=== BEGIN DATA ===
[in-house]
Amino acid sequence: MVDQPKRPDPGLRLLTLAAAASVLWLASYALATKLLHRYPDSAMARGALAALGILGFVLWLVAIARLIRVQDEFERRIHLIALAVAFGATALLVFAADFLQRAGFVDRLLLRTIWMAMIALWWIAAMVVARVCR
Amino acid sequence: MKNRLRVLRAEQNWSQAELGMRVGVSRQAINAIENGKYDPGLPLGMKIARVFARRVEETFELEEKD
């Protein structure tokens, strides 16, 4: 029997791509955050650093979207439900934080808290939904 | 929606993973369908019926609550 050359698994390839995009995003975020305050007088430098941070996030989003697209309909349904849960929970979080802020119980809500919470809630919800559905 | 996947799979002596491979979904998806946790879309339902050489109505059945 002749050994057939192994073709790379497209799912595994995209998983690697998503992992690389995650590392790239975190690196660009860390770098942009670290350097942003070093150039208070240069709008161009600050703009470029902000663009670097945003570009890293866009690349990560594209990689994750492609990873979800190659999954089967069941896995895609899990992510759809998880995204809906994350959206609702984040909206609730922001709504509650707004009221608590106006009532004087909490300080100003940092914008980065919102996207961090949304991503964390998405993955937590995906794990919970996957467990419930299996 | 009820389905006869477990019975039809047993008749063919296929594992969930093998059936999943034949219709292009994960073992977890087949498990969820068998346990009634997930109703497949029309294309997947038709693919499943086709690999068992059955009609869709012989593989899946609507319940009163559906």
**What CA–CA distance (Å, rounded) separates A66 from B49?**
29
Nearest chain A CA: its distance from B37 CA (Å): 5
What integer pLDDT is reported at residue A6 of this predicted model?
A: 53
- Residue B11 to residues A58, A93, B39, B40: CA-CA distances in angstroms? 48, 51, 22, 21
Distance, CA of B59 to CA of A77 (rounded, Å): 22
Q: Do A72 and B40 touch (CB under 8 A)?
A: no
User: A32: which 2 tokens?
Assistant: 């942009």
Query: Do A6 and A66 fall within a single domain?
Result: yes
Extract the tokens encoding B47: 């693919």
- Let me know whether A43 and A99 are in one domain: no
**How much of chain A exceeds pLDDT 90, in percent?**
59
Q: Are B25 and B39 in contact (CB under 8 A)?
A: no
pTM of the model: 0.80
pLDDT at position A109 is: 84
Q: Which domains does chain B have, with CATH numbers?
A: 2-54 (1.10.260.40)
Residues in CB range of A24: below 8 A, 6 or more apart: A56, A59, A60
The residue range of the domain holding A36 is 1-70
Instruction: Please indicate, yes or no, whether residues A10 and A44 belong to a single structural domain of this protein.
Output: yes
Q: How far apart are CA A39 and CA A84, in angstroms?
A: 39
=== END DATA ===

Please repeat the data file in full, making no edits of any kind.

[in-house]
Amino acid sequence: MVDQPKRPDPGLRLLTLAAAASVLWLASYALATKLLHRYPDSAMARGALAALGILGFVLWLVAIARLIRVQDEFERRIHLIALAVAFGATALLVFAADFLQRAGFVDRLLLRTIWMAMIALWWIAAMVVARVCR
Amino acid sequence: MKNRLRVLRAEQNWSQAELGMRVGVSRQAINAIENGKYDPGLPLGMKIARVFARRVEETFELEEKD
């Protein structure tokens, strides 16, 4: 029997791509955050650093979207439900934080808290939904 | 929606993973369908019926609550 050359698994390839995009995003975020305050007088430098941070996030989003697209309909349904849960929970979080802020119980809500919470809630919800559905 | 996947799979002596491979979904998806946790879309339902050489109505059945 002749050994057939192994073709790379497209799912595994995209998983690697998503992992690389995650590392790239975190690196660009860390770098942009670290350097942003070093150039208070240069709008161009600050703009470029902000663009670097945003570009890293866009690349990560594209990689994750492609990873979800190659999954089967069941896995895609899990992510759809998880995204809906994350959206609702984040909206609730922001709504509650707004009221608590106006009532004087909490300080100003940092914008980065919102996207961090949304991503964390998405993955937590995906794990919970996957467990419930299996 | 009820389905006869477990019975039809047993008749063919296929594992969930093998059936999943034949219709292009994960073992977890087949498990969820068998346990009634997930109703497949029309294309997947038709693919499943086709690999068992059955009609869709012989593989899946609507319940009163559906």
**What CA–CA distance (Å, rounded) separates A66 from B49?**
29
Nearest chain A CA: its distance from B37 CA (Å): 5
What integer pLDDT is reported at residue A6 of this predicted model?
A: 53
- Residue B11 to residues A58, A93, B39, B40: CA-CA distances in angstroms? 48, 51, 22, 21
Distance, CA of B59 to CA of A77 (rounded, Å): 22
Q: Do A72 and B40 touch (CB under 8 A)?
A: no
User: A32: which 2 tokens?
Assistant: 């942009």
Query: Do A6 and A66 fall within a single domain?
Result: yes
Extract the tokens encoding B47: 């693919």
- Let me know whether A43 and A99 are in one domain: no
**How much of chain A exceeds pLDDT 90, in percent?**
59
Q: Are B25 and B39 in contact (CB under 8 A)?
A: no
pTM of the model: 0.80
pLDDT at position A109 is: 84
Q: Which domains does chain B have, with CATH numbers?
A: 2-54 (1.10.260.40)
Residues in CB range of A24: below 8 A, 6 or more apart: A56, A59, A60
The residue range of the domain holding A36 is 1-70
Instruction: Please indicate, yes or no, whether residues A10 and A44 belong to a single structural domain of this protein.
Output: yes
Q: How far apart are CA A39 and CA A84, in angstroms?
A: 39